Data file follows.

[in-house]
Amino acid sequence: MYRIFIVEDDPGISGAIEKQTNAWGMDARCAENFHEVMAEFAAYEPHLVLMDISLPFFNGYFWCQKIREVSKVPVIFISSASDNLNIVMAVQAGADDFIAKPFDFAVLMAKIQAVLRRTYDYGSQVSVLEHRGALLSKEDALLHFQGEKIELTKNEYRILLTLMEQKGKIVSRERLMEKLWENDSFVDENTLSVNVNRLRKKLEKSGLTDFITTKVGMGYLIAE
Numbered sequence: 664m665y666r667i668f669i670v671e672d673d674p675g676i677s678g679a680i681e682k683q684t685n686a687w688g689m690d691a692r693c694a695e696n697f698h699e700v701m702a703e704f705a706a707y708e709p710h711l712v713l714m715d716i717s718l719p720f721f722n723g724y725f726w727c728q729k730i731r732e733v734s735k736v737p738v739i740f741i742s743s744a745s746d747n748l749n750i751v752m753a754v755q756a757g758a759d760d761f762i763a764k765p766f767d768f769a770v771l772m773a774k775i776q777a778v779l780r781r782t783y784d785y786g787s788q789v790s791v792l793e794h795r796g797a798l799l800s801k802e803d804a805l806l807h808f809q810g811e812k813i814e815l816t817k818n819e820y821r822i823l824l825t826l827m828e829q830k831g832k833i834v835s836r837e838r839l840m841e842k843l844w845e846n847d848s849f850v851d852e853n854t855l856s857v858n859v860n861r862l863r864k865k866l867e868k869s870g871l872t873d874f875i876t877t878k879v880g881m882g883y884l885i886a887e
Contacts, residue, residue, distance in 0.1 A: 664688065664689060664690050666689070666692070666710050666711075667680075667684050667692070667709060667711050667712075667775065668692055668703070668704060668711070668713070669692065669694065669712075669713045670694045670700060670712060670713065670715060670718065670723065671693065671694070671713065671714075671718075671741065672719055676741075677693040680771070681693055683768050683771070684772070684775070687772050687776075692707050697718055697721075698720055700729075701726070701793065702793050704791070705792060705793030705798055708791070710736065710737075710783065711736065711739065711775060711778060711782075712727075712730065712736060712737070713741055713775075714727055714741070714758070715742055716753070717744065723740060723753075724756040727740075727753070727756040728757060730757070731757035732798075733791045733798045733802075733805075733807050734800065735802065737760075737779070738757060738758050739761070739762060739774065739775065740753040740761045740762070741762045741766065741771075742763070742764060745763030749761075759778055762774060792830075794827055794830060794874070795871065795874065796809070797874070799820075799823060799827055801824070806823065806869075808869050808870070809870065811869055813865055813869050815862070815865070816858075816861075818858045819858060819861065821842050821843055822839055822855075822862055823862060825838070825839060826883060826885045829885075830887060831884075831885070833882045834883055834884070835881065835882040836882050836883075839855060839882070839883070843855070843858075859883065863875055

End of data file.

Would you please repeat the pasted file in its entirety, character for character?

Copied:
[in-house]
Amino acid sequence: MYRIFIVEDDPGISGAIEKQTNAWGMDARCAENFHEVMAEFAAYEPHLVLMDISLPFFNGYFWCQKIREVSKVPVIFISSASDNLNIVMAVQAGADDFIAKPFDFAVLMAKIQAVLRRTYDYGSQVSVLEHRGALLSKEDALLHFQGEKIELTKNEYRILLTLMEQKGKIVSRERLMEKLWENDSFVDENTLSVNVNRLRKKLEKSGLTDFITTKVGMGYLIAE
Numbered sequence: 664m665y666r667i668f669i670v671e672d673d674p675g676i677s678g679a680i681e682k683q684t685n686a687w688g689m690d691a692r693c694a695e696n697f698h699e700v701m702a703e704f705a706a707y708e709p710h711l712v713l714m715d716i717s718l719p720f721f722n723g724y725f726w727c728q729k730i731r732e733v734s735k736v737p738v739i740f741i742s743s744a745s746d747n748l749n750i751v752m753a754v755q756a757g758a759d760d761f762i763a764k765p766f767d768f769a770v771l772m773a774k775i776q777a778v779l780r781r782t783y784d785y786g787s788q789v790s791v792l793e794h795r796g797a798l799l800s801k802e803d804a805l806l807h808f809q810g811e812k813i814e815l816t817k818n819e820y821r822i823l824l825t826l827m828e829q830k831g832k833i834v835s836r837e838r839l840m841e842k843l844w845e846n847d848s849f850v851d852e853n854t855l856s857v858n859v860n861r862l863r864k865k866l867e868k869s870g871l872t873d874f875i876t877t878k879v880g881m882g883y884l885i886a887e
Contacts, residue, residue, distance in 0.1 A: 664688065664689060664690050666689070666692070666710050666711075667680075667684050667692070667709060667711050667712075667775065668692055668703070668704060668711070668713070669692065669694065669712075669713045670694045670700060670712060670713065670715060670718065670723065671693065671694070671713065671714075671718075671741065672719055676741075677693040680771070681693055683768050683771070684772070684775070687772050687776075692707050697718055697721075698720055700729075701726070701793065702793050704791070705792060705793030705798055708791070710736065710737075710783065711736065711739065711775060711778060711782075712727075712730065712736060712737070713741055713775075714727055714741070714758070715742055716753070717744065723740060723753075724756040727740075727753070727756040728757060730757070731757035732798075733791045733798045733802075733805075733807050734800065735802065737760075737779070738757060738758050739761070739762060739774065739775065740753040740761045740762070741762045741766065741771075742763070742764060745763030749761075759778055762774060792830075794827055794830060794874070795871065795874065796809070797874070799820075799823060799827055801824070806823065806869075808869050808870070809870065811869055813865055813869050815862070815865070816858075816861075818858045819858060819861065821842050821843055822839055822855075822862055823862060825838070825839060826883060826885045829885075830887060831884075831885070833882045834883055834884070835881065835882040836882050836883075839855060839882070839883070843855070843858075859883065863875055